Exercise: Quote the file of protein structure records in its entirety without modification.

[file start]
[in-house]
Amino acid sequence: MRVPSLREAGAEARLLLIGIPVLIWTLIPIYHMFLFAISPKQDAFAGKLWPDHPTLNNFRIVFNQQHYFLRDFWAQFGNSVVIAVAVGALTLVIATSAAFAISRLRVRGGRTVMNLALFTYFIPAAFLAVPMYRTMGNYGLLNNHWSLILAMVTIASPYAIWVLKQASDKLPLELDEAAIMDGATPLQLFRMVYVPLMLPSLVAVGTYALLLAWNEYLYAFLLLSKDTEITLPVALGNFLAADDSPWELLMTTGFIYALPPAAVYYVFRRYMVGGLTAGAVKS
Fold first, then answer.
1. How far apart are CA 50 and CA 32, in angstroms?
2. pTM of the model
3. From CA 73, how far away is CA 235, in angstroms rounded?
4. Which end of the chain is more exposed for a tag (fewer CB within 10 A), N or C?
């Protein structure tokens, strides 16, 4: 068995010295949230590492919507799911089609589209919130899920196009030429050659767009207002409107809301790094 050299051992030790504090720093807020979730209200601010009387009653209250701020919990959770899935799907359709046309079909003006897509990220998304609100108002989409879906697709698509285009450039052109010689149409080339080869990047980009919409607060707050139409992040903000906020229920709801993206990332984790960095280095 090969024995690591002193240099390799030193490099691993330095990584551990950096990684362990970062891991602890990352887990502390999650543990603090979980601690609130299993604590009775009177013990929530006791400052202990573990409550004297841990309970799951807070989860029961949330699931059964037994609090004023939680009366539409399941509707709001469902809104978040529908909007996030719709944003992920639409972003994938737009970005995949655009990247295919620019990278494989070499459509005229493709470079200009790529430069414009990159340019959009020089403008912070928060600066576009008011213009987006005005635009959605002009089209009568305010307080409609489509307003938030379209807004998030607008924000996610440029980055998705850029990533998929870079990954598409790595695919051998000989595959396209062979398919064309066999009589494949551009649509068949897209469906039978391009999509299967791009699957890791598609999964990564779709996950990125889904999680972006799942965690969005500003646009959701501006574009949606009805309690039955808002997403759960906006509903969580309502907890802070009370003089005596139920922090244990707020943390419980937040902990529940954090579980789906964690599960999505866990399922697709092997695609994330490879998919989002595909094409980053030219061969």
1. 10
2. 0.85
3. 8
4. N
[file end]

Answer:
[in-house]
Amino acid sequence: MRVPSLREAGAEARLLLIGIPVLIWTLIPIYHMFLFAISPKQDAFAGKLWPDHPTLNNFRIVFNQQHYFLRDFWAQFGNSVVIAVAVGALTLVIATSAAFAISRLRVRGGRTVMNLALFTYFIPAAFLAVPMYRTMGNYGLLNNHWSLILAMVTIASPYAIWVLKQASDKLPLELDEAAIMDGATPLQLFRMVYVPLMLPSLVAVGTYALLLAWNEYLYAFLLLSKDTEITLPVALGNFLAADDSPWELLMTTGFIYALPPAAVYYVFRRYMVGGLTAGAVKS
Fold first, then answer.
1. How far apart are CA 50 and CA 32, in angstroms?
2. pTM of the model
3. From CA 73, how far away is CA 235, in angstroms rounded?
4. Which end of the chain is more exposed for a tag (fewer CB within 10 A), N or C?
């Protein structure tokens, strides 16, 4: 068995010295949230590492919507799911089609589209919130899920196009030429050659767009207002409107809301790094 050299051992030790504090720093807020979730209200601010009387009653209250701020919990959770899935799907359709046309079909003006897509990220998304609100108002989409879906697709698509285009450039052109010689149409080339080869990047980009919409607060707050139409992040903000906020229920709801993206990332984790960095280095 090969024995690591002193240099390799030193490099691993330095990584551990950096990684362990970062891991602890990352887990502390999650543990603090979980601690609130299993604590009775009177013990929530006791400052202990573990409550004297841990309970799951807070989860029961949330699931059964037994609090004023939680009366539409399941509707709001469902809104978040529908909007996030719709944003992920639409972003994938737009970005995949655009990247295919620019990278494989070499459509005229493709470079200009790529430069414009990159340019959009020089403008912070928060600066576009008011213009987006005005635009959605002009089209009568305010307080409609489509307003938030379209807004998030607008924000996610440029980055998705850029990533998929870079990954598409790595695919051998000989595959396209062979398919064309066999009589494949551009649509068949897209469906039978391009999509299967791009699957890791598609999964990564779709996950990125889904999680972006799942965690969005500003646009959701501006574009949606009805309690039955808002997403759960906006509903969580309502907890802070009370003089005596139920922090244990707020943390419980937040902990529940954090579980789906964690599960999505866990399922697709092997695609994330490879998919989002595909094409980053030219061969």
1. 10
2. 0.85
3. 8
4. N